At the beginning of this month, the Maharashtra government approved a “green tax” on older, less efficient vehicles, as the Hindu reported. The tax affects commercial vehicles over eight years old and private vehicles over 15 years old.
Around 2.1 million vehicles — 600,000 commercial vehicles and 1.5 million private vehicles — will be taxed in a range of Rs.750 to Rs.3,500 (about US$16 to US$75) every five years.
Maharashtra Chief Minister Ashok Chavan said the tax is meant to discourage people from using older, less efficient vehicles — and hence cut pollution.
The government expects to earn Rs. 1.25 billion (about US$26.8 million) annually through the green tax. This revenue, if used as planned, will go toward “pollution control measures, clean energy and strengthening public infrastructure.”
Transport officials, who had suggested the measure in April, are reportedly pleased. One official said, “Based on a petition filed by a citizen’s forum, the Supreme Court had directed governments to make vehicle owners take precautions or pay for the pollution caused because of their cars. Vehicles manufactured before 1995 are not fit to fulfill the criterion of Bharat IV – the standard set for vehicles to control pollution.” Bharat IV standards went into effect in April 2010.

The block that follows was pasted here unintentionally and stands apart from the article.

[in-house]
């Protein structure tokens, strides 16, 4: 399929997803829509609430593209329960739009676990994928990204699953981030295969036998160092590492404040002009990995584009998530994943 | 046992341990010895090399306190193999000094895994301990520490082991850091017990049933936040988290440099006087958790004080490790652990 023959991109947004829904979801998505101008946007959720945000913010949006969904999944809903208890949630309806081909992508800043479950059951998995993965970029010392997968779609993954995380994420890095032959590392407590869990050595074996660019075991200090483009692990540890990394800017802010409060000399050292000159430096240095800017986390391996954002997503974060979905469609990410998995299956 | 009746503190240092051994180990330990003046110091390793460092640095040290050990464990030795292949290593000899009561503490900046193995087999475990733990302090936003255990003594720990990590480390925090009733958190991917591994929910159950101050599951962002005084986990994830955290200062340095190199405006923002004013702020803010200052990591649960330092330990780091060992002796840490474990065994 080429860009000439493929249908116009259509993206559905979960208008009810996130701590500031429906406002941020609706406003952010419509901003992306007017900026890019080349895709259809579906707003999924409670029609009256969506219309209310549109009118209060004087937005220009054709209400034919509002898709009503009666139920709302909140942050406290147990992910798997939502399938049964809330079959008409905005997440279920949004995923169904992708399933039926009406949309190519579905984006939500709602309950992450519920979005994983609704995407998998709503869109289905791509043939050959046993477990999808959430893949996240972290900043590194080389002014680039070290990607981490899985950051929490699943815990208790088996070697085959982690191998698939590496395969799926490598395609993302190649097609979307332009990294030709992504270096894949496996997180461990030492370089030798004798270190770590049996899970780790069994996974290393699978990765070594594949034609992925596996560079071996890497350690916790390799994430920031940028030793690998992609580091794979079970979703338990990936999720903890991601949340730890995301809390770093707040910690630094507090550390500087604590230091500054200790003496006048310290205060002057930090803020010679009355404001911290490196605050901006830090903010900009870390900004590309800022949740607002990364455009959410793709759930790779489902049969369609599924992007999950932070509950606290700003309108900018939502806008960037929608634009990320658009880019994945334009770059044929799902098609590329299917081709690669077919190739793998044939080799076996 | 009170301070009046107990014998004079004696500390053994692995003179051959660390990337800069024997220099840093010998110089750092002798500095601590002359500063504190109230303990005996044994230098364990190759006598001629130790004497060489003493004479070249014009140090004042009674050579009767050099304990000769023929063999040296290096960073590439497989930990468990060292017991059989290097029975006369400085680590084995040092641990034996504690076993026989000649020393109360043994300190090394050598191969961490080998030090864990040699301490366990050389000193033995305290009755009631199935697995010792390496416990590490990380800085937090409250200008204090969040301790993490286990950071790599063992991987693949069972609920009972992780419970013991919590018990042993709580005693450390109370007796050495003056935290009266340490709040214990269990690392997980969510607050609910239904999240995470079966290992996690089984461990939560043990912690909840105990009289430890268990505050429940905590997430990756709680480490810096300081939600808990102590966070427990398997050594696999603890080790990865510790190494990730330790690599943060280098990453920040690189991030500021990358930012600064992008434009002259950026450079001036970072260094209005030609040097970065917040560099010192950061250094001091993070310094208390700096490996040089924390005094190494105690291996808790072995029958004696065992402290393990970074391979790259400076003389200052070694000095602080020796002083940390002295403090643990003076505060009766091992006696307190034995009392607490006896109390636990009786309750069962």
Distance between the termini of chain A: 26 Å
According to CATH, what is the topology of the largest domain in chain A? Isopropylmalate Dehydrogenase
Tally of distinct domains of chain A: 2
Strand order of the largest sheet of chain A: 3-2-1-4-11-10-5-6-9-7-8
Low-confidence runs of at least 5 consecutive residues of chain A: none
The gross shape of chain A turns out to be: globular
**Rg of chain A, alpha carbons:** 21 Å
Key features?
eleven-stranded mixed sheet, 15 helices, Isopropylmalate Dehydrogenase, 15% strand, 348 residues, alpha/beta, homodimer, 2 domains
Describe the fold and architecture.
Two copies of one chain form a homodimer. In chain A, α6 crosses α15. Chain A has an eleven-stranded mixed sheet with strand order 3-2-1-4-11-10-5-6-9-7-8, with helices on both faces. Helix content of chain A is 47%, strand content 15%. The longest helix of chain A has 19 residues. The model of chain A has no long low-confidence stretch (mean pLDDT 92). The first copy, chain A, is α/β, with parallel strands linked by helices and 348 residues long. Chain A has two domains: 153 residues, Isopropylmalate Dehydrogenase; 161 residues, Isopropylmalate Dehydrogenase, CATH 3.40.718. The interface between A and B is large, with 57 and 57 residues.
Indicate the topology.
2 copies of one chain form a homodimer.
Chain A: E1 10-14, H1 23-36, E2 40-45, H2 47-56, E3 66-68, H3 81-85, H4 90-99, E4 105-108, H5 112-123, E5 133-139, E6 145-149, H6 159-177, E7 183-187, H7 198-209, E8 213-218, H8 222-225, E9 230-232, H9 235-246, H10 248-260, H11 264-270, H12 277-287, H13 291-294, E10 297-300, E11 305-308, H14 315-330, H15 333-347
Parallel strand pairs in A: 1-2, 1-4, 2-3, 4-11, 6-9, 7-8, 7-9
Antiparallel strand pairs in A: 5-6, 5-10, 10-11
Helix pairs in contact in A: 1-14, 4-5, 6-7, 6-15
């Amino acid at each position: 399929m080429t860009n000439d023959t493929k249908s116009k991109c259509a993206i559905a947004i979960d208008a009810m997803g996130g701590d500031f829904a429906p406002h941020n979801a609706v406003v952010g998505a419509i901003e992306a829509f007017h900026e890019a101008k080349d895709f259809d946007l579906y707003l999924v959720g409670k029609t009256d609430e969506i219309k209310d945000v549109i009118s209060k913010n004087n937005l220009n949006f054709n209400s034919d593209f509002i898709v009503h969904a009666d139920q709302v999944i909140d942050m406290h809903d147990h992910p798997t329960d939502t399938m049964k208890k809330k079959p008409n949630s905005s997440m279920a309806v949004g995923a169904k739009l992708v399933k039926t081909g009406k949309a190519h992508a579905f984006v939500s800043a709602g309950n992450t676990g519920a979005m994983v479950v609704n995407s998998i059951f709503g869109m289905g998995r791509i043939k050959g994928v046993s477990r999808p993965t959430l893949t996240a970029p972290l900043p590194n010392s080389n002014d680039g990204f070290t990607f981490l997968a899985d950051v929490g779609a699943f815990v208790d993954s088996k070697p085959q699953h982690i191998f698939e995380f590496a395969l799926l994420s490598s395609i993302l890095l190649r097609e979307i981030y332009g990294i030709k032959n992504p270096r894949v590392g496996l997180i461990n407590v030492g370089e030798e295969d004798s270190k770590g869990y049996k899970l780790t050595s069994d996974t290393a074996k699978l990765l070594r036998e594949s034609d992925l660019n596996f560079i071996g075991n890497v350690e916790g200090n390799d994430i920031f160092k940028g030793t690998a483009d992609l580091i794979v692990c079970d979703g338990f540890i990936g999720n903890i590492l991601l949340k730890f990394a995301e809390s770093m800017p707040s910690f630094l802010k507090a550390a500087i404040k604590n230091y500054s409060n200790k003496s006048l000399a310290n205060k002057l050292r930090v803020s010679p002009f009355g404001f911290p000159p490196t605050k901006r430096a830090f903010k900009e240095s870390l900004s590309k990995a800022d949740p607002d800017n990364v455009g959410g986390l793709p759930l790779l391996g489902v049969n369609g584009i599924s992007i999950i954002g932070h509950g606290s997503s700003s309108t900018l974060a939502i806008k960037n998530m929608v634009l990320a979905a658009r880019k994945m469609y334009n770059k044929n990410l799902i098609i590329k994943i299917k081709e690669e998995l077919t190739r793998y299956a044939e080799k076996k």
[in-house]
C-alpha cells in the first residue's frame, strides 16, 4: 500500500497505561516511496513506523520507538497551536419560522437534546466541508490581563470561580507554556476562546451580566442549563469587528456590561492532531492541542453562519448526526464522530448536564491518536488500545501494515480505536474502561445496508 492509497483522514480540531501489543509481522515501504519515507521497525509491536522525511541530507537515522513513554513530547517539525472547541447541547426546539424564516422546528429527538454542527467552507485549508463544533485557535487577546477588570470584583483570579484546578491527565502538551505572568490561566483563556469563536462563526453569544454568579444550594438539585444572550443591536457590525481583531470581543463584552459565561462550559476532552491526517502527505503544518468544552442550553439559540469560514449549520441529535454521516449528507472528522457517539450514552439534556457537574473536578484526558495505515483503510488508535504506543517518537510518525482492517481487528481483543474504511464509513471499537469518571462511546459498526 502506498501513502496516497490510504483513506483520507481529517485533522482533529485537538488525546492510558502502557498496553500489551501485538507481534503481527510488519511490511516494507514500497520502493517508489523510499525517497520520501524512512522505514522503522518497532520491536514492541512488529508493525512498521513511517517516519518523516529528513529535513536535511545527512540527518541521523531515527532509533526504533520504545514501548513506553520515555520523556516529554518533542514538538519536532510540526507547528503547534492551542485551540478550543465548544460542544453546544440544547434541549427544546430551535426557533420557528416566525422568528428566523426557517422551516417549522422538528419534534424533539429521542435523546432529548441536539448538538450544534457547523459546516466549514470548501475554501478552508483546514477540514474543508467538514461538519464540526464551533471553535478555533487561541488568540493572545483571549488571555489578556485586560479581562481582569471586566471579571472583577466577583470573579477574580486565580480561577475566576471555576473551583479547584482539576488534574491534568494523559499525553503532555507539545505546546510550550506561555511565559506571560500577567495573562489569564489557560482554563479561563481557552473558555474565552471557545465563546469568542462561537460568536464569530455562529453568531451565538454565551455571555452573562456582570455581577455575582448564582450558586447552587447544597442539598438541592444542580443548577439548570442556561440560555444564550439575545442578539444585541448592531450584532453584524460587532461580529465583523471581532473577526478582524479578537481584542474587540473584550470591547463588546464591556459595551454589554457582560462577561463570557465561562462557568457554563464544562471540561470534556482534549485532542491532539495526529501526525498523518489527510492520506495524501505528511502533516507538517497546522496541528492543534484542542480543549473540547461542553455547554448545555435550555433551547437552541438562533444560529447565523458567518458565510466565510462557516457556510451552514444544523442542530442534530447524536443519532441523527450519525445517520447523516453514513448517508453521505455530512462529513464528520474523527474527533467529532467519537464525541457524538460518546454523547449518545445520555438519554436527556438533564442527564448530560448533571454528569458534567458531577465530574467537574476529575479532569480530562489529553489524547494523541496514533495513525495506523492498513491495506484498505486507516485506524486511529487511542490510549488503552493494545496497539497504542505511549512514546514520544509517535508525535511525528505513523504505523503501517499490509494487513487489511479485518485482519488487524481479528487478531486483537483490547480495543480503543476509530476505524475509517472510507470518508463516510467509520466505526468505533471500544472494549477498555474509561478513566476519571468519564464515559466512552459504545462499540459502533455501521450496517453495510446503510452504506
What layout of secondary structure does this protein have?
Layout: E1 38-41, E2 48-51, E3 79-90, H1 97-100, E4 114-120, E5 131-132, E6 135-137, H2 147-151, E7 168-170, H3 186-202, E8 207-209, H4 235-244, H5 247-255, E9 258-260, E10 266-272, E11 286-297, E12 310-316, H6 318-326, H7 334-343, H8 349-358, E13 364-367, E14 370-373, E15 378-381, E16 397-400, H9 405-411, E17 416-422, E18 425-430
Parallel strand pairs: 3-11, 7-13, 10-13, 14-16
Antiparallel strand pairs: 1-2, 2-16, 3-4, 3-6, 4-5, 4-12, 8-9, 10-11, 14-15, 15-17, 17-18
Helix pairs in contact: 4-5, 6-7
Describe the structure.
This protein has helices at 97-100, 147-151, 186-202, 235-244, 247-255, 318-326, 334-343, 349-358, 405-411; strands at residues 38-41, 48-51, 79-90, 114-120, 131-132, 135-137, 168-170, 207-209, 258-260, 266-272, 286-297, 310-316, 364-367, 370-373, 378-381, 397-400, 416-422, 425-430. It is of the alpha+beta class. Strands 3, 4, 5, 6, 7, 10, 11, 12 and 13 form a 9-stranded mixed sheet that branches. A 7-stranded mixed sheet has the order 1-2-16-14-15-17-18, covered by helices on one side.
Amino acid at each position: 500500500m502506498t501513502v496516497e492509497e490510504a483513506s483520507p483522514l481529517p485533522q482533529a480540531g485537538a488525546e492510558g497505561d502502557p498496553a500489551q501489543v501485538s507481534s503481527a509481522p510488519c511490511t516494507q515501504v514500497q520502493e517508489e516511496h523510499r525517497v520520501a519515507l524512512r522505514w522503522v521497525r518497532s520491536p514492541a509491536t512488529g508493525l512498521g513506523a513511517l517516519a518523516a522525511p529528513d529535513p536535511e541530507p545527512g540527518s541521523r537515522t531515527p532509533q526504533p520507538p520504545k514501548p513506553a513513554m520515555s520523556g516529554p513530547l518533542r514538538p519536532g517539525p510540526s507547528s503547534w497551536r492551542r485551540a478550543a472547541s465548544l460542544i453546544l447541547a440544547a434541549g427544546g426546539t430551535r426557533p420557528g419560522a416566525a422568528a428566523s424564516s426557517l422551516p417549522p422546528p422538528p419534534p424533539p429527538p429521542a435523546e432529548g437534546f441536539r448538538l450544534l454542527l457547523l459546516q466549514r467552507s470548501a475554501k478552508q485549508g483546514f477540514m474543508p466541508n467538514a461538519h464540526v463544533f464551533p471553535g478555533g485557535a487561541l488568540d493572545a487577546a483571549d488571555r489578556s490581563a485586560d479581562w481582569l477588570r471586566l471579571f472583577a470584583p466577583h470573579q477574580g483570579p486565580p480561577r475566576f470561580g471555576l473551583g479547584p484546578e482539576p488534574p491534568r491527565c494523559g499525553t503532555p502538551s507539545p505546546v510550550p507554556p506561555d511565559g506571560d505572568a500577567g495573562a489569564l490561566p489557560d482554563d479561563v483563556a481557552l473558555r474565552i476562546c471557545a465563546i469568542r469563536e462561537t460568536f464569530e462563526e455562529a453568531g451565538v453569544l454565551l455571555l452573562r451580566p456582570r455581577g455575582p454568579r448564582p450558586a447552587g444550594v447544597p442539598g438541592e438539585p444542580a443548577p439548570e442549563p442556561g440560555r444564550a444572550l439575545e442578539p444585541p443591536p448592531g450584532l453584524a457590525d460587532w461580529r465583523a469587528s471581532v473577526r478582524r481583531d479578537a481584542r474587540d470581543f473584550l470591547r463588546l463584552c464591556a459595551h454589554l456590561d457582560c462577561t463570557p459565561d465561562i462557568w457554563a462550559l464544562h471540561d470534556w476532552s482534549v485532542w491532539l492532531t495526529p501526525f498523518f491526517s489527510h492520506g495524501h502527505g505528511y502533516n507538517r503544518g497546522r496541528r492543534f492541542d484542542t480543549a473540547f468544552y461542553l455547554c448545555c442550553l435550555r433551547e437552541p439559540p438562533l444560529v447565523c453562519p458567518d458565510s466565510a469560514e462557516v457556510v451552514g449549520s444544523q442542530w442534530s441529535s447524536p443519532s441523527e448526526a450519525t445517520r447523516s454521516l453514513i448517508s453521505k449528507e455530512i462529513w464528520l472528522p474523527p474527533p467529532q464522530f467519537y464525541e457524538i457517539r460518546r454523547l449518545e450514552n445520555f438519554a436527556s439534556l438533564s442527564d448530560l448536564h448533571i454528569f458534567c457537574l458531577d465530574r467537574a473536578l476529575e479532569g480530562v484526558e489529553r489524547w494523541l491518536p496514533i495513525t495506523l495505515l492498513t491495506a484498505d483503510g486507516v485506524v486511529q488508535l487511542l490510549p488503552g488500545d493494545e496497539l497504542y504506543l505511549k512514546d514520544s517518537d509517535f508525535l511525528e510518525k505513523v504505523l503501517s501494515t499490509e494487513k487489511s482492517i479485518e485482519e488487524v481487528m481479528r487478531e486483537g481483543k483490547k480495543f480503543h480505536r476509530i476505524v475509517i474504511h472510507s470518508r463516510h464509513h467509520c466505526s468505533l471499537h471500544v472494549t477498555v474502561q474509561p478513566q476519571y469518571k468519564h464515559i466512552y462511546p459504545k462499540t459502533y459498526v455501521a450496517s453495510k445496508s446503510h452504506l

The new tax would be written into the Mumbai Motor Vehicle Tax Act of 1958.
In addition, new regional and sub-regional transport offices are reportedly being set up around greater Mumbai, to take pressure off of the existing two offices in Mumbai and Thane.
Dario Hidalgo, senior transport engineer with EMBARQ (the producer of this blog), said the tax sounds like a very progressive move on the part of the Maharashtra government. Still, he says, it would be more effective if the tax were focused on emissions, rather than vehicle age alone. After all, as Dario points out, some new vehicles can actually pollute more heavily than older vehicles — and they should pay for it.